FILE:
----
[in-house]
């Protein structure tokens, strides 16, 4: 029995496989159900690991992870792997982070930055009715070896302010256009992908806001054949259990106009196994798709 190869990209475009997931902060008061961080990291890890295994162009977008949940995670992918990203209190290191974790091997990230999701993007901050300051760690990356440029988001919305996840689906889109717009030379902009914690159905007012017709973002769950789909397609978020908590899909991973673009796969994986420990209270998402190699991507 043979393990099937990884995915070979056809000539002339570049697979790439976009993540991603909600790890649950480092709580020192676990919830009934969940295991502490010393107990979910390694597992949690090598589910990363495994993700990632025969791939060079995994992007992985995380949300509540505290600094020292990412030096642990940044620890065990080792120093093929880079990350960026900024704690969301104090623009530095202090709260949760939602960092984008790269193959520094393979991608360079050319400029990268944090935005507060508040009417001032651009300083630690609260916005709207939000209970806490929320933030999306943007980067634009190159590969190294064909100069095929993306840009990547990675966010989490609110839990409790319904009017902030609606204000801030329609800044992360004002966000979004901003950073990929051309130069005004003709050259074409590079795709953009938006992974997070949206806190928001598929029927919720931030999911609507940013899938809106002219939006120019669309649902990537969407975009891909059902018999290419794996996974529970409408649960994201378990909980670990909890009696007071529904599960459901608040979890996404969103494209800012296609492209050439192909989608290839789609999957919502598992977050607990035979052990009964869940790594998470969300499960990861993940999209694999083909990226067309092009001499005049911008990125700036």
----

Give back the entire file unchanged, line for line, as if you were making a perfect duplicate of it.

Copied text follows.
[in-house]
């Protein structure tokens, strides 16, 4: 029995496989159900690991992870792997982070930055009715070896302010256009992908806001054949259990106009196994798709 190869990209475009997931902060008061961080990291890890295994162009977008949940995670992918990203209190290191974790091997990230999701993007901050300051760690990356440029988001919305996840689906889109717009030379902009914690159905007012017709973002769950789909397609978020908590899909991973673009796969994986420990209270998402190699991507 043979393990099937990884995915070979056809000539002339570049697979790439976009993540991603909600790890649950480092709580020192676990919830009934969940295991502490010393107990979910390694597992949690090598589910990363495994993700990632025969791939060079995994992007992985995380949300509540505290600094020292990412030096642990940044620890065990080792120093093929880079990350960026900024704690969301104090623009530095202090709260949760939602960092984008790269193959520094393979991608360079050319400029990268944090935005507060508040009417001032651009300083630690609260916005709207939000209970806490929320933030999306943007980067634009190159590969190294064909100069095929993306840009990547990675966010989490609110839990409790319904009017902030609606204000801030329609800044992360004002966000979004901003950073990929051309130069005004003709050259074409590079795709953009938006992974997070949206806190928001598929029927919720931030999911609507940013899938809106002219939006120019669309649902990537969407975009891909059902018999290419794996996974529970409408649960994201378990909980670990909890009696007071529904599960459901608040979890996404969103494209800012296609492209050439192909989608290839789609999957919502598992977050607990035979052990009964869940790594998470969300499960990861993940999209694999083909990226067309092009001499005049911008990125700036």